Thursday, February 28, 2008

Filmmaker started out editing wedding videos in Los Altos

Long before Jon M. Chu directed a $20 million Hollywood film, he was behind the camera in his native Los Altos, where he spent many weekend nights editing videos of weddings and other events while his friends were out having fun.

Fast-forward more than a decade and the youngest child of the founders of the eatery Chef Chu's is off to New York to promote his first major film - "Step Up 2 the Streets," the sequel to the 2006 release "Step Up." "Step 2," the story of an underground hip-hop dance crew that performs on the streets of Baltimore, hit theaters with a bang. Released on Valentine's Day, "Step 2" earned $6.6 million on its first day in theaters. By last Friday, the movie had racked up $31.63 million.

"The fact is that I came from Los Altos with no Hollywood connections. It can happen," Chu says. "There are not big gates that keep you out. Dreams come true. . . . I would love to keep making movies."

But it's hard work.

Chu, 28, a graduate of the University of Southern California in cinema and television, started making the Disney film late last summer.

"I've aged about five years" in the past eight months, he says.

The maker of short films and winner of the Princess Grace Award at USC says he learned from his mistakes during his first big job. Working on "Step 2" also taught him that a filmmaker has to make hard decisions about the movie that you come to think of as your baby.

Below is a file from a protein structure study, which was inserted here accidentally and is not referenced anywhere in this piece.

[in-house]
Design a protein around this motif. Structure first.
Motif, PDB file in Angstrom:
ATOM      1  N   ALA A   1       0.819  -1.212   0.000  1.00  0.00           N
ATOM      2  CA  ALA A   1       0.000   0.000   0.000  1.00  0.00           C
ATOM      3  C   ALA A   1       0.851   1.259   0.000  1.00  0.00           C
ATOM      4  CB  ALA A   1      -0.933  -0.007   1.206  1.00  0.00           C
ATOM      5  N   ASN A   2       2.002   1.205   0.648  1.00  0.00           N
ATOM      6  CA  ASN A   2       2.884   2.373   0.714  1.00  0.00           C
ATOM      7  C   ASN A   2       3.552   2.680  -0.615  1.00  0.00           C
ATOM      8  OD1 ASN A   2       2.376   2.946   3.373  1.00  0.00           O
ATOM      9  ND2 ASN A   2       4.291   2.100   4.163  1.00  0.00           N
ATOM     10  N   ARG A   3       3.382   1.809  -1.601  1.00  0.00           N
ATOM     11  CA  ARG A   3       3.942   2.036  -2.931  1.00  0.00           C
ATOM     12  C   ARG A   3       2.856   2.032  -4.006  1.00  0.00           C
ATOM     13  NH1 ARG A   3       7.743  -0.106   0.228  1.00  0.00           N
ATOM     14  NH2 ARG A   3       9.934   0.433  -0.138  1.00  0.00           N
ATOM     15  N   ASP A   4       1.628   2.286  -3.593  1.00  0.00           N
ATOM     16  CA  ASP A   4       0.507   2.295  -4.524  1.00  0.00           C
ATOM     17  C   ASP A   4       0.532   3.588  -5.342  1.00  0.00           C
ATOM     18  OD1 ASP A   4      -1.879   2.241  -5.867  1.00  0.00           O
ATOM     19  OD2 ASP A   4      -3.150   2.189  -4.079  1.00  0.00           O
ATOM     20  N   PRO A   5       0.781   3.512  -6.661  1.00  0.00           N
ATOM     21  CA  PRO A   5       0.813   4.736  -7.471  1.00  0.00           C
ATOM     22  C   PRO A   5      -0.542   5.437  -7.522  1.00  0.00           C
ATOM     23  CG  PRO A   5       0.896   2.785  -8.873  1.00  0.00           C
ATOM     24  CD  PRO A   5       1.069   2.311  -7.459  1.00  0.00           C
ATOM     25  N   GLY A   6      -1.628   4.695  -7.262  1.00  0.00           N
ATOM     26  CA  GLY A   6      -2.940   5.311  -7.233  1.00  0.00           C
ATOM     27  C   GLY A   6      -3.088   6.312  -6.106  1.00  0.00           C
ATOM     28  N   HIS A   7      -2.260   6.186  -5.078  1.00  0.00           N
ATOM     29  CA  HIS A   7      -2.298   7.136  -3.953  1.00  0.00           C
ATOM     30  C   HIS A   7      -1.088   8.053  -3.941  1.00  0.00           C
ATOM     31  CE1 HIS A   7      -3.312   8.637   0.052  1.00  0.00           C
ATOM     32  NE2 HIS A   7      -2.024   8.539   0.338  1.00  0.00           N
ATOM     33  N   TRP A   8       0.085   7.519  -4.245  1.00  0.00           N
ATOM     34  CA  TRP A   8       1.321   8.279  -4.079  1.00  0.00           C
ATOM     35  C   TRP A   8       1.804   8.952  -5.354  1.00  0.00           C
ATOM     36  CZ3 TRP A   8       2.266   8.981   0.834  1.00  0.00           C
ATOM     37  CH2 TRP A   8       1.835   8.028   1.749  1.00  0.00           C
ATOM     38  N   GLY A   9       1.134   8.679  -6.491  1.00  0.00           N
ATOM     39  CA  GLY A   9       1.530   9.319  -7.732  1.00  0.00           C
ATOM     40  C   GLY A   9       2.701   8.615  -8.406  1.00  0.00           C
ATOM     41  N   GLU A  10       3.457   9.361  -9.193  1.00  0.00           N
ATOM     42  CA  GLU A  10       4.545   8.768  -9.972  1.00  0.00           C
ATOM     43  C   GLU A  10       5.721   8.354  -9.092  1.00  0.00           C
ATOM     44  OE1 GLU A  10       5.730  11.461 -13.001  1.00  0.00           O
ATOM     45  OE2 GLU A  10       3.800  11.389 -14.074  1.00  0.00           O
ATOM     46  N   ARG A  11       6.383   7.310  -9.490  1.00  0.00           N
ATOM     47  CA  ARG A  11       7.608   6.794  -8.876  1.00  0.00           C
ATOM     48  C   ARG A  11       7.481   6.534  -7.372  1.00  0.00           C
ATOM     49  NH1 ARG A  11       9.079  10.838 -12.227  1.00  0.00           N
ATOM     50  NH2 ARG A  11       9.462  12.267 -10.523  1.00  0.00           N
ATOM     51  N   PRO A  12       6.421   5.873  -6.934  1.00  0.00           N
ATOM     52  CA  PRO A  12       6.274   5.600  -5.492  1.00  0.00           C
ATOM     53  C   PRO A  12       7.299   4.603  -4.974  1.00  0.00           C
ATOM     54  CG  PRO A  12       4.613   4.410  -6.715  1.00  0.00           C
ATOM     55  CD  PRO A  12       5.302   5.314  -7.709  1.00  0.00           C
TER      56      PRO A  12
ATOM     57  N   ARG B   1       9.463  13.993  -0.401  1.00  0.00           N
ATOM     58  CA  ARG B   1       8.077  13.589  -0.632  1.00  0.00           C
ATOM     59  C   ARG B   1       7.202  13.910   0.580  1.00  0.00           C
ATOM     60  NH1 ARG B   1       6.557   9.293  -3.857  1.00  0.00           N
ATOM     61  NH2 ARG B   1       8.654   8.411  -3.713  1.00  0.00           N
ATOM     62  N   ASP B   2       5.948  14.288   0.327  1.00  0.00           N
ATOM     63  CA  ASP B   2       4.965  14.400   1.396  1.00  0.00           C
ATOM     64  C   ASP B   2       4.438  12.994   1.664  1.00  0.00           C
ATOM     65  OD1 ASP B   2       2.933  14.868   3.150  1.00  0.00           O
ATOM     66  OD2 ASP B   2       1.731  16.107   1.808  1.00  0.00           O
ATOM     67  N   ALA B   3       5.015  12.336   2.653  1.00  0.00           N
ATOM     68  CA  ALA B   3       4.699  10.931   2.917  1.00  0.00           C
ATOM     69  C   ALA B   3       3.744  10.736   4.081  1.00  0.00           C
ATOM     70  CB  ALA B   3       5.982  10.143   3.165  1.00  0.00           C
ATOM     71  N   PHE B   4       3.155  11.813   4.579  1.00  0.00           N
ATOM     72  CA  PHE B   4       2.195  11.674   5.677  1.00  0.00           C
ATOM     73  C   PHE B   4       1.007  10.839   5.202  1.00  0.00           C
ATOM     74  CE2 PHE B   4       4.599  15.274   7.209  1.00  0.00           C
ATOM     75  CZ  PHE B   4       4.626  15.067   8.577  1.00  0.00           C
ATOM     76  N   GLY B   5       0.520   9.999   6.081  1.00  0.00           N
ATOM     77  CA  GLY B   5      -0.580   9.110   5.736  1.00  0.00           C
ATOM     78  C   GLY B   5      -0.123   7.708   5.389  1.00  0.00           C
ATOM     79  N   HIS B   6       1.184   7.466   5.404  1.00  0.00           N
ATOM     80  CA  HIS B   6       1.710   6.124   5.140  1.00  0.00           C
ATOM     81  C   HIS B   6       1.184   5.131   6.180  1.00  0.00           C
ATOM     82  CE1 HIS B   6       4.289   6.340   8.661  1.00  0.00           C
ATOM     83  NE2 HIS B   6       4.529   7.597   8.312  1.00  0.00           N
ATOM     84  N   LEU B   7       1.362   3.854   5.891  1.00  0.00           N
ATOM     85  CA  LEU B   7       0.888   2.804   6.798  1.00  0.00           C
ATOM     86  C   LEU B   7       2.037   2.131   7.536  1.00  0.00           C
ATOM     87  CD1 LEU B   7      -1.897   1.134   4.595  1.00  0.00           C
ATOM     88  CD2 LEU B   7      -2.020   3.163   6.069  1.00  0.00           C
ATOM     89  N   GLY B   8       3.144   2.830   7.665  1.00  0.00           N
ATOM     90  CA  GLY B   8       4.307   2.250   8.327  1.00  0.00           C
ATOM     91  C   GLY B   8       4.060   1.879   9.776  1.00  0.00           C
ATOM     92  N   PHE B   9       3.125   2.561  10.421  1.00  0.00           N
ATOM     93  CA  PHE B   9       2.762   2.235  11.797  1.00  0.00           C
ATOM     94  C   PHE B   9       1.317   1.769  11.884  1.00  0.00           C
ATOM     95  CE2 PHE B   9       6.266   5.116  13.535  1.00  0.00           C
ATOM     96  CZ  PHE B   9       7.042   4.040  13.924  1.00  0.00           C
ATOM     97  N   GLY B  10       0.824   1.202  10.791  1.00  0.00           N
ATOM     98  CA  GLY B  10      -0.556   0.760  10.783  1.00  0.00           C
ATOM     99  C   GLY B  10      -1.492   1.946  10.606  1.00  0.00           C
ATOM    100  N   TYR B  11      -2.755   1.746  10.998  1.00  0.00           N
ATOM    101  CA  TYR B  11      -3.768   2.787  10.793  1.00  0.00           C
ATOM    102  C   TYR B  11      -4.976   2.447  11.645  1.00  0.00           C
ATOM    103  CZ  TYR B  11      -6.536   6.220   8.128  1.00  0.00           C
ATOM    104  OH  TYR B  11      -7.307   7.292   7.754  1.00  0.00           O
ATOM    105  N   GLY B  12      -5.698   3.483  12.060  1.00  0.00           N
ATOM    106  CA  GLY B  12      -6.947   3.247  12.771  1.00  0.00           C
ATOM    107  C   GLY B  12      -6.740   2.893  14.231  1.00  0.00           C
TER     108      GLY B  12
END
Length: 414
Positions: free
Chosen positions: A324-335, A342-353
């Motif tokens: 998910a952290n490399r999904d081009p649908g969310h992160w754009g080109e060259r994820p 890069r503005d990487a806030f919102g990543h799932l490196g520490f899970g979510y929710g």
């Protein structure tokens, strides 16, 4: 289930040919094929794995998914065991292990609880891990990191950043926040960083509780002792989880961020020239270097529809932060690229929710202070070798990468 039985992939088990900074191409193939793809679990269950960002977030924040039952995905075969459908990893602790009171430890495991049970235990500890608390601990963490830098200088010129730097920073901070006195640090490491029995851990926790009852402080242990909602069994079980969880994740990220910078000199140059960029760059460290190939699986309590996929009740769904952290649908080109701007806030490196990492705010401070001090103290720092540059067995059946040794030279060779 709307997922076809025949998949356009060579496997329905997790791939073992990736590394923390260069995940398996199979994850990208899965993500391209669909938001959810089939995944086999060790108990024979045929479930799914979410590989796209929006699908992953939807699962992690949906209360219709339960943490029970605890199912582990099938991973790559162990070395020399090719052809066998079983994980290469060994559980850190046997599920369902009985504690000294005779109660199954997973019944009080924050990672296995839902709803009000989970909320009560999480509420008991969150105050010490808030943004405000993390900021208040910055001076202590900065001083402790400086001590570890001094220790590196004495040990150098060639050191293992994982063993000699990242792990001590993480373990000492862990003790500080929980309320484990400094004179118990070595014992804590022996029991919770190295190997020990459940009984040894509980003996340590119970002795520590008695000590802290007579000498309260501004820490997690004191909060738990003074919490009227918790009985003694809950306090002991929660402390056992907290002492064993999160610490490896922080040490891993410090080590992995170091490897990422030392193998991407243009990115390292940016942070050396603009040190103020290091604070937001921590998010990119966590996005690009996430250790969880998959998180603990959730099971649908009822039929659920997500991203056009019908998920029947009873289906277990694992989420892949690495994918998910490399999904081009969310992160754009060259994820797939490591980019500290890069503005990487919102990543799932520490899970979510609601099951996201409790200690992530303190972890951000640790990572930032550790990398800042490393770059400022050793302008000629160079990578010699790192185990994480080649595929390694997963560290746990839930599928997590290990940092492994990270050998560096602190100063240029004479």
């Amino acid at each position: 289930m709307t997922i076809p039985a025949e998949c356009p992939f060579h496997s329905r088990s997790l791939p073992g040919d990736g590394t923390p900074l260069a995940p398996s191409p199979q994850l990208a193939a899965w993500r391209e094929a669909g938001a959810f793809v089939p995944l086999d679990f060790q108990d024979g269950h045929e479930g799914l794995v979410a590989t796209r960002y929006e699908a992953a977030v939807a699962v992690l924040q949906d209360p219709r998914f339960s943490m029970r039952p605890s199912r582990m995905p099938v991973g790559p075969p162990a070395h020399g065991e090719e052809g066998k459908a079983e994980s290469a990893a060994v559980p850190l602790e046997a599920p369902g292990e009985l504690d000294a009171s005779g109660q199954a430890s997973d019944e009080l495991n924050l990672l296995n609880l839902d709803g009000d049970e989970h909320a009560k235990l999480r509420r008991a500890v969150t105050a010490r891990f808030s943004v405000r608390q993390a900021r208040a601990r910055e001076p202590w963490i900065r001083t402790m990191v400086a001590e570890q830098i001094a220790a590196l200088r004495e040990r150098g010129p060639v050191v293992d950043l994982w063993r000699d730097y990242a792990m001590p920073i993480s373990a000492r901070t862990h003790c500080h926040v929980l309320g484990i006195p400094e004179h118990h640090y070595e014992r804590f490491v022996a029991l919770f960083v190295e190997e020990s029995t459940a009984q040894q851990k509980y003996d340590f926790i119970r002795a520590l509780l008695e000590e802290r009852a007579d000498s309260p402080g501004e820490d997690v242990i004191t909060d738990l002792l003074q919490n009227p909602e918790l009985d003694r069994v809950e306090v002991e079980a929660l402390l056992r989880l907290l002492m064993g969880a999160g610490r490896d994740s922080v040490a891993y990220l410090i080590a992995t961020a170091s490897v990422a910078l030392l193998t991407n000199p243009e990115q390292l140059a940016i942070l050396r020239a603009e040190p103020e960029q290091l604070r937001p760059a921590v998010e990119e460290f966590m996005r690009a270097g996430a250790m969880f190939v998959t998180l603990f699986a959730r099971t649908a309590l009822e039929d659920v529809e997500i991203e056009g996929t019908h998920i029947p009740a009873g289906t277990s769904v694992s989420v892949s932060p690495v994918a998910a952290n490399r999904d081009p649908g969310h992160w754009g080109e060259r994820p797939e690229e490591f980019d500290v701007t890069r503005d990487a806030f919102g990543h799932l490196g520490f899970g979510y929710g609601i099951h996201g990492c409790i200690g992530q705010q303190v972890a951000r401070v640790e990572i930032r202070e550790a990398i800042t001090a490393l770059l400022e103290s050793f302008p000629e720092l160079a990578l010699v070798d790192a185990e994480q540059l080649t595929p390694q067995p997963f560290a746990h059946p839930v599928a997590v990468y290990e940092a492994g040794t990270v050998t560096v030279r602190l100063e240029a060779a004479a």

"It becomes part of your heart,"

Chu says.
Friends and family have helped Chu with his career. Best friend and fellow filmmaker Jason Russell went with him to Baltimore to film the movie. Chu's family was instrumental in helping him with the career he chose while at Pinewood, a private school in Los Altos Hills.

When he was about 14, he and his friends started a small video business, using the profits to buy more equipment. They would film special occasions, such as weddings, anniversaries or bar mitzvahs, and set the edited films to music.

Chu worked so late into the evenings that his mother told him to quit the film business. He told her that this was the "real thing," and he wanted to do this more than anything else.

She caved in, bought him some books about how to edit film and told him to be the best at what he loved.

"The biggest thing about my parents is that they came from nothing," Chu says. His mother came from Taiwan and his father from mainland China. They started Chef Chu's 38 years ago.

It wasn't easy going during the first year, but they persevered, the filmmaker says. Eldest brother Larry Chu, 35, who works as a manager at the Los Altos restaurant and is helping his brother promote the movie, says their family is very close.

Not one person in the family said it was crazy to be a filmmaker, Larry Chu says. "No one ever second-guessed him."


Anonymous said...

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